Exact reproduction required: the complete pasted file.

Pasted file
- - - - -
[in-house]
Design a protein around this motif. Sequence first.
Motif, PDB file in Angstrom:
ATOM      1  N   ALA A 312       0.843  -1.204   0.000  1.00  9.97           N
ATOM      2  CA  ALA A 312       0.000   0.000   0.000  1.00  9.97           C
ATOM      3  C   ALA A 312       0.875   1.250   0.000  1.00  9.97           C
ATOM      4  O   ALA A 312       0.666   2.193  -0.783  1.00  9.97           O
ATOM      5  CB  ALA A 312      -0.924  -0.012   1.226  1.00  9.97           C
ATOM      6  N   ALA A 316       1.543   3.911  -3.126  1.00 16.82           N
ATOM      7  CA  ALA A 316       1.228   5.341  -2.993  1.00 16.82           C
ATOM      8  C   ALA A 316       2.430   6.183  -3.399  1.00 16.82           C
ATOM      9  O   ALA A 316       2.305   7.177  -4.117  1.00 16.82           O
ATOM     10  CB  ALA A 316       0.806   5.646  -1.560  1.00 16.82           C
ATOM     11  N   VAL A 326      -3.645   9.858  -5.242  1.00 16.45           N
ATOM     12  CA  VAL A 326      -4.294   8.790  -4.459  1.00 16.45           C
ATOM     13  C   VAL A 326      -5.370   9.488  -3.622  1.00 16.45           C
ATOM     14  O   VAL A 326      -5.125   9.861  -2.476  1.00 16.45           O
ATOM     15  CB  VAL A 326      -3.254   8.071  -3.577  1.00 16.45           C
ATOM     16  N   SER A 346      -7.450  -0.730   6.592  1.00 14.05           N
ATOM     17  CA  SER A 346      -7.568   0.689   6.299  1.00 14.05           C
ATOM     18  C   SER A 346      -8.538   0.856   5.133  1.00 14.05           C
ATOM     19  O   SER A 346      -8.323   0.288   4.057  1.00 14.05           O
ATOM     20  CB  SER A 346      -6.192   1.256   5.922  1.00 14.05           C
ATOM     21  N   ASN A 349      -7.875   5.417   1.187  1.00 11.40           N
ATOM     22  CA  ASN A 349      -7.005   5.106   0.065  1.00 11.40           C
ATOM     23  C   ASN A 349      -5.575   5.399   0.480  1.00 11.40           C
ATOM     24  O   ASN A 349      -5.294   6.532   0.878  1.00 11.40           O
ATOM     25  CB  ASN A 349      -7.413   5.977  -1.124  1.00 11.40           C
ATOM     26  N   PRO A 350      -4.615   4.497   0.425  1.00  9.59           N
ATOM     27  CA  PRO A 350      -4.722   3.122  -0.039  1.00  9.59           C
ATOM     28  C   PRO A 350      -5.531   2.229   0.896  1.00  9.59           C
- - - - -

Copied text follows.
[in-house]
Design a protein around this motif. Sequence first.
Motif, PDB file in Angstrom:
ATOM      1  N   ALA A 312       0.843  -1.204   0.000  1.00  9.97           N
ATOM      2  CA  ALA A 312       0.000   0.000   0.000  1.00  9.97           C
ATOM      3  C   ALA A 312       0.875   1.250   0.000  1.00  9.97           C
ATOM      4  O   ALA A 312       0.666   2.193  -0.783  1.00  9.97           O
ATOM      5  CB  ALA A 312      -0.924  -0.012   1.226  1.00  9.97           C
ATOM      6  N   ALA A 316       1.543   3.911  -3.126  1.00 16.82           N
ATOM      7  CA  ALA A 316       1.228   5.341  -2.993  1.00 16.82           C
ATOM      8  C   ALA A 316       2.430   6.183  -3.399  1.00 16.82           C
ATOM      9  O   ALA A 316       2.305   7.177  -4.117  1.00 16.82           O
ATOM     10  CB  ALA A 316       0.806   5.646  -1.560  1.00 16.82           C
ATOM     11  N   VAL A 326      -3.645   9.858  -5.242  1.00 16.45           N
ATOM     12  CA  VAL A 326      -4.294   8.790  -4.459  1.00 16.45           C
ATOM     13  C   VAL A 326      -5.370   9.488  -3.622  1.00 16.45           C
ATOM     14  O   VAL A 326      -5.125   9.861  -2.476  1.00 16.45           O
ATOM     15  CB  VAL A 326      -3.254   8.071  -3.577  1.00 16.45           C
ATOM     16  N   SER A 346      -7.450  -0.730   6.592  1.00 14.05           N
ATOM     17  CA  SER A 346      -7.568   0.689   6.299  1.00 14.05           C
ATOM     18  C   SER A 346      -8.538   0.856   5.133  1.00 14.05           C
ATOM     19  O   SER A 346      -8.323   0.288   4.057  1.00 14.05           O
ATOM     20  CB  SER A 346      -6.192   1.256   5.922  1.00 14.05           C
ATOM     21  N   ASN A 349      -7.875   5.417   1.187  1.00 11.40           N
ATOM     22  CA  ASN A 349      -7.005   5.106   0.065  1.00 11.40           C
ATOM     23  C   ASN A 349      -5.575   5.399   0.480  1.00 11.40           C
ATOM     24  O   ASN A 349      -5.294   6.532   0.878  1.00 11.40           O
ATOM     25  CB  ASN A 349      -7.413   5.977  -1.124  1.00 11.40           C
ATOM     26  N   PRO A 350      -4.615   4.497   0.425  1.00  9.59           N
ATOM     27  CA  PRO A 350      -4.722   3.122  -0.039  1.00  9.59           C
ATOM     28  C   PRO A 350      -5.531   2.229   0.896  1.00  9.59           C